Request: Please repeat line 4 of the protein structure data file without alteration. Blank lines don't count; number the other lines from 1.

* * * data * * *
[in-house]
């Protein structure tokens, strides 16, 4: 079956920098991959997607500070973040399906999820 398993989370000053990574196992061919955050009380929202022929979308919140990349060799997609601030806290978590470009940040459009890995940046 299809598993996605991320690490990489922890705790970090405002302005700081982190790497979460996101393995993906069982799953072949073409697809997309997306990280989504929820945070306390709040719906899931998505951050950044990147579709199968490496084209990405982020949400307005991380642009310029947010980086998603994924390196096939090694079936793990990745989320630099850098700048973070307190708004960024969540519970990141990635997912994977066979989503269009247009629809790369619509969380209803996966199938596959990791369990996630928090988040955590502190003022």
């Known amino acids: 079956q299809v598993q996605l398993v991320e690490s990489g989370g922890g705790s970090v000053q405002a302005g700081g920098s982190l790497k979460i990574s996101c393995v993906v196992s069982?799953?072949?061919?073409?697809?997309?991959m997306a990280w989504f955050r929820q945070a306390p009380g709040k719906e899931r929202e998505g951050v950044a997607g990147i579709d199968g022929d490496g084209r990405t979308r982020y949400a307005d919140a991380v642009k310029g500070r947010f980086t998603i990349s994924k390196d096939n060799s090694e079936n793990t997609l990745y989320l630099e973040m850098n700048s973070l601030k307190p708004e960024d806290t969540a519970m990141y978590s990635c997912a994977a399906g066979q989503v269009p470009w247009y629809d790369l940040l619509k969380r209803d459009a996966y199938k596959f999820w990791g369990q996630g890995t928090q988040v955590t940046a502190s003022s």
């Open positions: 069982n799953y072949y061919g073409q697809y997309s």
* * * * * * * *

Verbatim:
């Open positions: 069982n799953y072949y061919g073409q697809y997309s």